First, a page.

When something has the Unesco pin attached to its lapel, you know it's worth seeing. You go to Paris, you see Notre Dame - rightfully awarded because it's amazing to look at and historically inspiring. Plus the Unesco tag gives you that rest-easy warm glow of knowing that magnificent buildings aren't going to get churned into a swathe of charmless apartments any time soon.
But next time you go to France, don't be surprised if you find a little Unesco flag on a toothpick staked into your coq au vin, because French gastronomy has now been officially added to Unesco's Intangible Cultural Heritage of Humanity list.
In 2001, Unesco declared that living traditions - age-old and destination-specific things like Georgian polyphonic singing or Spanish flamenco dancing or a particular handicraft - deserved the same protection as natural and cultural treasures. Once a living tradition is added to the list, steps are then taken by Unesco and others to protect and promote their use and understanding.
Unesco's reasoning for choosing French gastronomy was because it is a 'social custom aimed at celebrating the most important moments in the lives of individuals and groups'. The success of the listing is the result of 'a long campaign by a group of leading chefs who fear French cuisine is under threat from modern life and the global food industry', says the BBC's Christian Fraser in Paris. France's submission did not simply revolve around particular dishes but the dining ritual itself: wine-matching, table dressing, the placement of glasses and cutlery. If you've ever dined in France, you'll understand how that added care and thought takes the whole experience beyond a simple meal and into the 'memorable moment' territory.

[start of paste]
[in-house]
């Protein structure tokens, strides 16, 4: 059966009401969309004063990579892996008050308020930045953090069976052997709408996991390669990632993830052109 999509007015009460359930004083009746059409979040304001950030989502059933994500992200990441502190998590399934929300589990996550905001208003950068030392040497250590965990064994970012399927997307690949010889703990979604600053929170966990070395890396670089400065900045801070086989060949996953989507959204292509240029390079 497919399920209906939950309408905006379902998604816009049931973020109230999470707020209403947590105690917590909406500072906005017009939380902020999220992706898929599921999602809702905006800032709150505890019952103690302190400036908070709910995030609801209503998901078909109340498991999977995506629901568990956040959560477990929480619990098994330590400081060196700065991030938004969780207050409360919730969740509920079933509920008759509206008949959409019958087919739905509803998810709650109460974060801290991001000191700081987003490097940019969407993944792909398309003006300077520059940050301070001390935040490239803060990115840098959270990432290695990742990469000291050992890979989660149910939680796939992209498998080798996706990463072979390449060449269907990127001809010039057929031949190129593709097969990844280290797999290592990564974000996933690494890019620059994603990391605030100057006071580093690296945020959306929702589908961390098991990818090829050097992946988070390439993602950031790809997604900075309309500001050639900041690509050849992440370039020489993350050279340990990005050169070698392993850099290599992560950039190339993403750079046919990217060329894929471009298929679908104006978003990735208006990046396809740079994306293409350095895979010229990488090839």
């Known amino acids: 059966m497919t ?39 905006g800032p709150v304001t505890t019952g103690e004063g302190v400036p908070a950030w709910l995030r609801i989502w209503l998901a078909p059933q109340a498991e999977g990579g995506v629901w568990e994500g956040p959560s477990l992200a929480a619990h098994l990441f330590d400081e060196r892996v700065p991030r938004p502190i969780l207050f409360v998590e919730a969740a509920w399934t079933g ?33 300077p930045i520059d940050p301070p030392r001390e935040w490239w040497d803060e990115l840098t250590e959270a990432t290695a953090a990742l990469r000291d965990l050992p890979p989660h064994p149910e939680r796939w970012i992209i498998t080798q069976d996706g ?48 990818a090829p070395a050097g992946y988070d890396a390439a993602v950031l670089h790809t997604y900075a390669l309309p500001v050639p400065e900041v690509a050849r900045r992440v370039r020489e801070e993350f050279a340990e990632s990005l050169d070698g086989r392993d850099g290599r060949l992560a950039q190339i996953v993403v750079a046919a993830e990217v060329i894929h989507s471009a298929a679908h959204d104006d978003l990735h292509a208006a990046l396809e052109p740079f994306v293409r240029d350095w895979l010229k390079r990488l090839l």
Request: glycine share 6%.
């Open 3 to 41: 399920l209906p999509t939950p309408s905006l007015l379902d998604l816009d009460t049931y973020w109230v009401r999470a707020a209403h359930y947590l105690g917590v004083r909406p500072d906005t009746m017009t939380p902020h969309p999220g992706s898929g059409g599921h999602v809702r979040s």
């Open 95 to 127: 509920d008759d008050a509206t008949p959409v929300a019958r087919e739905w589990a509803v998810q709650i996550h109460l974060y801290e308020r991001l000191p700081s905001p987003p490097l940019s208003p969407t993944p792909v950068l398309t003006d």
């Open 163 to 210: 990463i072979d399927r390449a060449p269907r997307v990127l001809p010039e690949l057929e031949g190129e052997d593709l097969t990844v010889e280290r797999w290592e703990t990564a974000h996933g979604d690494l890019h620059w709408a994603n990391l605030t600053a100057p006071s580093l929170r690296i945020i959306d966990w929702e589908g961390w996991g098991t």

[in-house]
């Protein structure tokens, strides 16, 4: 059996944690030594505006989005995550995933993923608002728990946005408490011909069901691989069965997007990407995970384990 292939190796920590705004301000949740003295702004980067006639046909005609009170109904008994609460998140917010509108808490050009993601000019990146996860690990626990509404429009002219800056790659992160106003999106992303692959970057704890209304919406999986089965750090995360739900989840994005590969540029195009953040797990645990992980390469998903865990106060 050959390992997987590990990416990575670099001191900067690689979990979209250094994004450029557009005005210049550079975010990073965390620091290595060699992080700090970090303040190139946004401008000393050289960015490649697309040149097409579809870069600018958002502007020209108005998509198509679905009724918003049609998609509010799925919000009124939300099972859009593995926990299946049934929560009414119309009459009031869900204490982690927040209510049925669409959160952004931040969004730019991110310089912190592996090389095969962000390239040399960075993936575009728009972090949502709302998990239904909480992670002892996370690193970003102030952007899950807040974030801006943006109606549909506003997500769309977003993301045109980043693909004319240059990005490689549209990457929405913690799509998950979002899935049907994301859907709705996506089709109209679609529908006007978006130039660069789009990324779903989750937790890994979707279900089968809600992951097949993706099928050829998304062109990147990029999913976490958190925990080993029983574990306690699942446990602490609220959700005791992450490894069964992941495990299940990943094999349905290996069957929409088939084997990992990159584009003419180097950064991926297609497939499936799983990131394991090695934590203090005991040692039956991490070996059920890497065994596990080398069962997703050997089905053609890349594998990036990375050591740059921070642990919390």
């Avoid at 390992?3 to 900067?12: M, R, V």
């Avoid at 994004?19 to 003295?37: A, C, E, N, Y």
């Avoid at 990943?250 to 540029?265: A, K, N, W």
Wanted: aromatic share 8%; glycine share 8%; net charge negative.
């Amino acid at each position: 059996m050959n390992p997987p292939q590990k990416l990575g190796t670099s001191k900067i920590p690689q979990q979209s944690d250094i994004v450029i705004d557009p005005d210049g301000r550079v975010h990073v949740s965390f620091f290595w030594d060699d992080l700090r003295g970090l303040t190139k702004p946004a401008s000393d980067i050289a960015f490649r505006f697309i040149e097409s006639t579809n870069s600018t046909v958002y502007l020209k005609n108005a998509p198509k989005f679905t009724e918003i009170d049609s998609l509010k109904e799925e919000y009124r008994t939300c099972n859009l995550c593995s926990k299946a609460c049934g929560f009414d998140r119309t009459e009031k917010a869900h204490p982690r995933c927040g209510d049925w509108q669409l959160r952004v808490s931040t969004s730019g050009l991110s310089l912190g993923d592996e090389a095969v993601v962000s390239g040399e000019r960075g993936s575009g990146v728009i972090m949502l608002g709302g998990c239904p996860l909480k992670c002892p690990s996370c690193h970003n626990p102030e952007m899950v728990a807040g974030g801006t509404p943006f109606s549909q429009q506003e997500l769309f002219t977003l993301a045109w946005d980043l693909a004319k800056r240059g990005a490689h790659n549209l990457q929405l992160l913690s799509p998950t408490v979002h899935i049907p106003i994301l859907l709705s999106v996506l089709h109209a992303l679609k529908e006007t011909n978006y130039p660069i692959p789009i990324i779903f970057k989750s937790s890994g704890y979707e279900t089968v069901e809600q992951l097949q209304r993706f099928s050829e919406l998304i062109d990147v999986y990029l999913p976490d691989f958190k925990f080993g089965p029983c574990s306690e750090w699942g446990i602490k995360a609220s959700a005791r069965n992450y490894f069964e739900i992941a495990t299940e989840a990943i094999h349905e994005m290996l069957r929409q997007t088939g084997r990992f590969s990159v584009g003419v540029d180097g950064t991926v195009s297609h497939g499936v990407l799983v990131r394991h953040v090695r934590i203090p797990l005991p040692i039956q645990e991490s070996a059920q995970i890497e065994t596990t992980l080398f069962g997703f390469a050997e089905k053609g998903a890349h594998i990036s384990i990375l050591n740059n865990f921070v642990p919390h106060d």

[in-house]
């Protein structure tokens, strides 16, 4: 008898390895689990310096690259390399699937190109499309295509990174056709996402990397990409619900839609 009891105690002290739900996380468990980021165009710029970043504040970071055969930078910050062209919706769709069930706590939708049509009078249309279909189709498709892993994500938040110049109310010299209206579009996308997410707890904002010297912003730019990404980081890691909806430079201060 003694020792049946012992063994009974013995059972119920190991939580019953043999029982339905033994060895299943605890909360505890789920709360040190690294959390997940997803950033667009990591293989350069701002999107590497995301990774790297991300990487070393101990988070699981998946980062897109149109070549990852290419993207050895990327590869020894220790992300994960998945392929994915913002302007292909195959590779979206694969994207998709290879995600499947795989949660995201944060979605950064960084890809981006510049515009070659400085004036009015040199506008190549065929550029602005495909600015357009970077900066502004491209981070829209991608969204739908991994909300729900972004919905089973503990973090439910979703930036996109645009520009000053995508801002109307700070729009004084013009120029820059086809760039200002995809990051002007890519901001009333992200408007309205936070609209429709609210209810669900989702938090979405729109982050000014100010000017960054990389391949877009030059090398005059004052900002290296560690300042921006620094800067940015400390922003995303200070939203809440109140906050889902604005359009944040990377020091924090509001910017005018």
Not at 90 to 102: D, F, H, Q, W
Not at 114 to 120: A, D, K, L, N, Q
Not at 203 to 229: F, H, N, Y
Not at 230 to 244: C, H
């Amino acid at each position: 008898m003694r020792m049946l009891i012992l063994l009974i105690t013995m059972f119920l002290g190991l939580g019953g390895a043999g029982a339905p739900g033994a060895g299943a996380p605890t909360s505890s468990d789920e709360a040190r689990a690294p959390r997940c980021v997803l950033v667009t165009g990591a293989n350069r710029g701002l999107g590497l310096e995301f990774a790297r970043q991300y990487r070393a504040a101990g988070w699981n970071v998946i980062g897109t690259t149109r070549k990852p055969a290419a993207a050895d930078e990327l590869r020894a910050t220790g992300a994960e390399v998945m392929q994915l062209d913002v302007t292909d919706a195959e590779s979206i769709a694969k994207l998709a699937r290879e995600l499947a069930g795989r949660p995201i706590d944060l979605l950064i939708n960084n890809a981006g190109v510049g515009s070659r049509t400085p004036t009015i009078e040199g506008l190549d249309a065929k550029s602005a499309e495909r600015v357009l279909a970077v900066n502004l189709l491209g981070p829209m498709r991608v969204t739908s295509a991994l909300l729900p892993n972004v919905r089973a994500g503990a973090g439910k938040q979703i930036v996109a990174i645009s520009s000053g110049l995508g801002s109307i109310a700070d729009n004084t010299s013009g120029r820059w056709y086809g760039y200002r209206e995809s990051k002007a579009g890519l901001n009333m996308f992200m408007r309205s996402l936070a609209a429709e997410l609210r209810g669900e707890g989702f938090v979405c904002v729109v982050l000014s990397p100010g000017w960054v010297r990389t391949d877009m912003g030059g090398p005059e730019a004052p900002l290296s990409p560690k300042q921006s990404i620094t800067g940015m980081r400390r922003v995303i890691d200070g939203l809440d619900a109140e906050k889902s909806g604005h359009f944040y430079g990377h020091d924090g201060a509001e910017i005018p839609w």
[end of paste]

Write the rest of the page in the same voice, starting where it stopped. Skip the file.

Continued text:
Other additions to the list this year include traditional Mexican food and the huaconada, a traditional dance of the Mito people in the Peruvian Andes.
In this age of Warholian fame-bites and a never-ending Escher-esque spiral of reality TV stars getting spin-off shows, actually protecting genuine tradition gives me a lot of hope for things lasting longer than a new iPhone version. So what do you think should be protected? Your favourite busker? Your nutty local theatre group? (Personally, I'd vote for my mum's Yorkshire Pudding.) Whatever makes it, at least we can all sleep easy knowing that, as long as we live, there'll be no messing with fine French je ne sais quoi.